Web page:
This book offers the most comprehensive analysis yet of the ASEAN Regional Forum (ARF), which remains the foremost dialogue forum for the promotion of cooperative security in the Asia-Pacific.
Contributors focus on the perspectives and roles of the key players in the ARF – ASEAN, the United States, China, Japan, and Australia – and discuss to what extent these participants have shaped the Forum's institutional development and affected its achievements and prospects against the backdrop of the evolving regional security architecture. They also examine in depth how participants have used the Forum to respond to a range of important transnational security issues and challenges, including terrorism and maritime security, as well as disaster relief. This work also explores how, despite the difficulties in reaching a new consensus regarding the collective pursuit of preventive diplomacy, some activist participants have succeeded in bringing about a notable, albeit incipient, 'practical turn' in the ARF’s security cooperation.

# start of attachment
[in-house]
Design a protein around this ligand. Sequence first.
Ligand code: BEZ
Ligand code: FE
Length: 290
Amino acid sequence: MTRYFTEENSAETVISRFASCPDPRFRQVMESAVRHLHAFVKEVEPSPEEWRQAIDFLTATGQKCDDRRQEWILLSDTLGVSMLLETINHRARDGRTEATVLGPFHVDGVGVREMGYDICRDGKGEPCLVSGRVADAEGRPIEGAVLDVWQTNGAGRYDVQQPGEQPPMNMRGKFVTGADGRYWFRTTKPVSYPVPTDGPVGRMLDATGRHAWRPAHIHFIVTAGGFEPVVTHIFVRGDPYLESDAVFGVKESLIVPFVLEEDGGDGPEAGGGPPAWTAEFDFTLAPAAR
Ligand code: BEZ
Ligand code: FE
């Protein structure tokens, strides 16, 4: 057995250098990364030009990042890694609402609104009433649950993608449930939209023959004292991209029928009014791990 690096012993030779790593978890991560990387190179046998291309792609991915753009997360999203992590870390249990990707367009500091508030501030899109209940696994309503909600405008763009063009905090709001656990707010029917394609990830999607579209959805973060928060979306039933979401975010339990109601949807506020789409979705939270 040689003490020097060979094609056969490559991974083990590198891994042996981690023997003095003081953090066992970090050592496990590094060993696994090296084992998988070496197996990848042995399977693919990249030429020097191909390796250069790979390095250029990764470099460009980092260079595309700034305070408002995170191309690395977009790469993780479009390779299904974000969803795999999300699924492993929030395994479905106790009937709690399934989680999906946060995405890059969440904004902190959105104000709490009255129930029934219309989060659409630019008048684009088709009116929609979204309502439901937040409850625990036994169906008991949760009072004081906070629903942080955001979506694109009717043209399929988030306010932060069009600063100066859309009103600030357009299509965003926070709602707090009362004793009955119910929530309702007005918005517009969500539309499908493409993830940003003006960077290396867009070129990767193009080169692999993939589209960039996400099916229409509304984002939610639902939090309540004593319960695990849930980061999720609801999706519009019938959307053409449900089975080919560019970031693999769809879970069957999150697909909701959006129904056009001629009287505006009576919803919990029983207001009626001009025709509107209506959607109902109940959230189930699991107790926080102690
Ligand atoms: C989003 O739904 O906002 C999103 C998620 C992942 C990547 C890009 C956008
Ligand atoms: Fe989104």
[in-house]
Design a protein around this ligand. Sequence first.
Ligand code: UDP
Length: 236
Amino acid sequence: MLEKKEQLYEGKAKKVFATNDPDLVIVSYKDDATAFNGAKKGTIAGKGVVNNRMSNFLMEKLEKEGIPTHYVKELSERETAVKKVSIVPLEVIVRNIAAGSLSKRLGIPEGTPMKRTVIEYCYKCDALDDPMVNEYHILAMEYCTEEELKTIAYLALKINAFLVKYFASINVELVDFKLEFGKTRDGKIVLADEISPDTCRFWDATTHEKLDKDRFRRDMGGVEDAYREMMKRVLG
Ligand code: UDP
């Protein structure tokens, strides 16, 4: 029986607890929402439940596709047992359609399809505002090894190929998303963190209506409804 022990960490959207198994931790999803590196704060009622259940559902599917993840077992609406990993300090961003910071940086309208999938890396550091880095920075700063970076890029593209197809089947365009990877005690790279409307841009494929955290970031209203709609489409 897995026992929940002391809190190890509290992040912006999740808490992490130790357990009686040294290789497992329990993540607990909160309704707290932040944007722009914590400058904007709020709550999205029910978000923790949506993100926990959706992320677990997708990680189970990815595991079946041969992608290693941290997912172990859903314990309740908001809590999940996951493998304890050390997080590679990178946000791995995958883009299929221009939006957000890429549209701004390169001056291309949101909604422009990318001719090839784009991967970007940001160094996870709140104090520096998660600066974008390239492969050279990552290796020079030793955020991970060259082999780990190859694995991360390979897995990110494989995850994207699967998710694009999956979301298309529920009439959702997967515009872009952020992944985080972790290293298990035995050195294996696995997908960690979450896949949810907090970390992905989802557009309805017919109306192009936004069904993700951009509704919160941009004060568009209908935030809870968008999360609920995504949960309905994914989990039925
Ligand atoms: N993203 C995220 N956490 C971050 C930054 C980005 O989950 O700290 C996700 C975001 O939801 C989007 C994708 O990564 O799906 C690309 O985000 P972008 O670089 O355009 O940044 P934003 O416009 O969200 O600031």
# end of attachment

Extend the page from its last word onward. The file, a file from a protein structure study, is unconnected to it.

This book will appeal to students of South-East Asian Politics, Asian Security Studies and International Relations in general.